19 times more, to be a bit more precise.

hot air
Reply to  agfosterjr
June 2, 2016 1:20 pm

Atmospheric is 14psi…

June 2, 2016 8:11 am

19 million times more, that is.

Reply to  agfosterjr
June 2, 2016 9:41 am

Oops, Astley is right. It’s 19 million psi.

Reply to  agfosterjr
June 2, 2016 11:24 am

Unlike climate science, agfosterjr is self correcting. : )

Reply to  agfosterjr
June 2, 2016 12:48 pm

Thomas June 2, 2016 at 11:24 am

Unlike climate science, agfosterjr is self correcting. : )

That comment made my morning, Thomas. Thanks.
And agfosterjr, well done. Noted and approved. I always gain trust in a man when I see him publicly admitting and correcting an error.

Reply to  agfosterjr
June 4, 2016 12:51 am

Standard atmospheric pressure is 101,325 pascals. Dividing this into 130,000,000,000 gives 1.283 million and a fraction, so the original answer of more than a million is correct. Also, atmospheric pressure in psi is not fourteen, it is 14.696 psi approximately.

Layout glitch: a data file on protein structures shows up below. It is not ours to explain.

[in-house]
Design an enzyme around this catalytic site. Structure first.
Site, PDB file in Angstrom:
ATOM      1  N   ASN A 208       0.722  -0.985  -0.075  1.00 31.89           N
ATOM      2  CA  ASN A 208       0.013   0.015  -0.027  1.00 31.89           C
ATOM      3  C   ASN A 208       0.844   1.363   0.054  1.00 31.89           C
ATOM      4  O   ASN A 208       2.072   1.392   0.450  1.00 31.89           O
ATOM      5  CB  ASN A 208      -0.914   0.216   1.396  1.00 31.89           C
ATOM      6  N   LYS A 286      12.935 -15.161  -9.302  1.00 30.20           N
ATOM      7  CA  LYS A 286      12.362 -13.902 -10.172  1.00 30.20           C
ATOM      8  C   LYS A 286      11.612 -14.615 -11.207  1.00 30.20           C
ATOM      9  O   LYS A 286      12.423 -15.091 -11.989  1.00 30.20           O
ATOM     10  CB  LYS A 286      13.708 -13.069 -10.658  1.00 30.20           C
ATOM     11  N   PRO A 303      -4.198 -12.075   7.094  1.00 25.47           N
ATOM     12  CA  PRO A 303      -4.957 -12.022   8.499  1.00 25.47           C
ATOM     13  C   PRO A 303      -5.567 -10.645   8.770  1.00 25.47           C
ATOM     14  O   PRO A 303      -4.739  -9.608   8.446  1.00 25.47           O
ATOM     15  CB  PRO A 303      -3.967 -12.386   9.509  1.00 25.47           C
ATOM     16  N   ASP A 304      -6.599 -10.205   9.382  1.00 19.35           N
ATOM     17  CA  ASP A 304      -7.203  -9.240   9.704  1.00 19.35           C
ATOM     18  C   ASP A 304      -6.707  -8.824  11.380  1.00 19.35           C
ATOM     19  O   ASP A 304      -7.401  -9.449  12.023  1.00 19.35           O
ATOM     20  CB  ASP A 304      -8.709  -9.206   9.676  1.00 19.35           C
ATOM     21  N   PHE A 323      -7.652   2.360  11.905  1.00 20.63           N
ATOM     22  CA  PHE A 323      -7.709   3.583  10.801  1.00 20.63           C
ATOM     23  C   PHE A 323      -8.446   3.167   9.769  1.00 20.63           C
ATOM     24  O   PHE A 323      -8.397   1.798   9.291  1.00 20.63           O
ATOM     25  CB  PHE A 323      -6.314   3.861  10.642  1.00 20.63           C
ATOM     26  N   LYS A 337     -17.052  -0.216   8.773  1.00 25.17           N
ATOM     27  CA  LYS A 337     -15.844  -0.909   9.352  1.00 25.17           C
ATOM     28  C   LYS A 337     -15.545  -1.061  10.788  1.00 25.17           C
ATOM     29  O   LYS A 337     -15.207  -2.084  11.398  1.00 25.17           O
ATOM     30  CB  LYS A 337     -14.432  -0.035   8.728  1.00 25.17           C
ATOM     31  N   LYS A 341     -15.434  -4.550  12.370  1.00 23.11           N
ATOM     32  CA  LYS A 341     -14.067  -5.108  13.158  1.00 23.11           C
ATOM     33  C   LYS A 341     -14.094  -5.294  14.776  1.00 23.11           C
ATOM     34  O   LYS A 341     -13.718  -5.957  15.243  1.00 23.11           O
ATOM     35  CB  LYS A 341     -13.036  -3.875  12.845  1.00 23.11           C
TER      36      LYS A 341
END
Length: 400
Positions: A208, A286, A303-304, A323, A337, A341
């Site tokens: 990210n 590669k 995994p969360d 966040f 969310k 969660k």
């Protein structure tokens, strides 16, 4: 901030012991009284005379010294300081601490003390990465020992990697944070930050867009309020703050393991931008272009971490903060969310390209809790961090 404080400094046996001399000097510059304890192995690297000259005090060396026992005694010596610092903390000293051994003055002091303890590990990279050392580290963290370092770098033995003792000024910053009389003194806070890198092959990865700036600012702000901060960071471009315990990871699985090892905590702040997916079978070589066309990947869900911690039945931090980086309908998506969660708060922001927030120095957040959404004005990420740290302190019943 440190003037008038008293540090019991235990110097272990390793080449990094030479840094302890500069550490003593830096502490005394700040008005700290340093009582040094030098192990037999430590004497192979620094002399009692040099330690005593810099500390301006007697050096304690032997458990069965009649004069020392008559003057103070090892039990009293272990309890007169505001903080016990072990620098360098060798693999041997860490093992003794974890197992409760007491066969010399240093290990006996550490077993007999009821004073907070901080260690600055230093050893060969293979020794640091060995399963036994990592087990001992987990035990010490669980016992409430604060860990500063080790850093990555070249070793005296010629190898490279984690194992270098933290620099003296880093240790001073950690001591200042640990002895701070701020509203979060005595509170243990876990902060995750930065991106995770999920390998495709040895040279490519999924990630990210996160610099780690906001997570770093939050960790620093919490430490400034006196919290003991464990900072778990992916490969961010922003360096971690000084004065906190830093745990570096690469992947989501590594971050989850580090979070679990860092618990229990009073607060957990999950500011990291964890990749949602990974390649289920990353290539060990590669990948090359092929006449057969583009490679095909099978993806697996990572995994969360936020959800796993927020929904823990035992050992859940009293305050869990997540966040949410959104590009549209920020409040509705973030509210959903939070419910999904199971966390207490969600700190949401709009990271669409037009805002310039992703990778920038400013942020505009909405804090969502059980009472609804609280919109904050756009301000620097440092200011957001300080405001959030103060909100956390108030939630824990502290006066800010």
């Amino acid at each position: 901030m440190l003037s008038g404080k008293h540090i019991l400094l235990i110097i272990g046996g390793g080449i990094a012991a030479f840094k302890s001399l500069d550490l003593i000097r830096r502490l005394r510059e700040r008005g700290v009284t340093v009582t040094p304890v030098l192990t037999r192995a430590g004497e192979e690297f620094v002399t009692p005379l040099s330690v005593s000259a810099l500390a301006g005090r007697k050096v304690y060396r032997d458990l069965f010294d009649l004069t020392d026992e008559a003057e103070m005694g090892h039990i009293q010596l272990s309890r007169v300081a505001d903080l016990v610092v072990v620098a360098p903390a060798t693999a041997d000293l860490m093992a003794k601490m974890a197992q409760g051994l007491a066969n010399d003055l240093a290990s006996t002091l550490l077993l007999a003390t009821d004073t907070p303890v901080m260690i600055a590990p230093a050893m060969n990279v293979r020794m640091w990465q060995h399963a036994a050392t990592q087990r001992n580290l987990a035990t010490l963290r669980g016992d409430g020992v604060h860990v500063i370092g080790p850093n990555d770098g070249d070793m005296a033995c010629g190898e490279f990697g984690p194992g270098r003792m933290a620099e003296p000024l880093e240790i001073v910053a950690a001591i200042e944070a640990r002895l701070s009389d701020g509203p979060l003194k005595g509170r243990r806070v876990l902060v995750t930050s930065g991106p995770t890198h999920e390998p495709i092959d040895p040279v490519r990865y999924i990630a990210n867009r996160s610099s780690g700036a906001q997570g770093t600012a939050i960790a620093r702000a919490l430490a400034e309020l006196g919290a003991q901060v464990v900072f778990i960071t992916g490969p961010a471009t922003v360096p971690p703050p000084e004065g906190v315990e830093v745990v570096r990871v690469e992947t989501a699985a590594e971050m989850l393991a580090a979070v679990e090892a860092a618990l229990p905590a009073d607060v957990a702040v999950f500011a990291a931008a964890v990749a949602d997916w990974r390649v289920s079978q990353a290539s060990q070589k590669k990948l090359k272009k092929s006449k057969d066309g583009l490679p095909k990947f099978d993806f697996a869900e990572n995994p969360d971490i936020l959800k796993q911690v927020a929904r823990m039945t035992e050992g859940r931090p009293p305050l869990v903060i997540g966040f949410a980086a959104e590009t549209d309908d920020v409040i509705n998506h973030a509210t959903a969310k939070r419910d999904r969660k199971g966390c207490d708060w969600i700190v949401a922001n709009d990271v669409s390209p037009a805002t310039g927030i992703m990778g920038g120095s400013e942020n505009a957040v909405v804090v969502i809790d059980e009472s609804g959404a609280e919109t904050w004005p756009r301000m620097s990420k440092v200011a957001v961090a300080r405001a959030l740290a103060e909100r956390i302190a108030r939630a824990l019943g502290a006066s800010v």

June 2, 2016 8:17 am

Alarmist take note. Reality contradicted theory and the real scientists are going with reality.

June 2, 2016 8:18 am

What a shnîtty graphic. The interior of the earth is nearly 6,000° K, or just a bit higher than the surface of the sun. We know how hot the sun’s surface is, as it is obvious. Why the ‘yellow’ bit? It is fûqueing hot in there!
Moreover, not only is it fantastically hot by atomic and molecular standards, it is also theorized to be a ‘solid state plasma’, nearly superconductive. Hot enough that all of the metals and sidereophiles’ outer electrons are completely unbound from the host nuclei.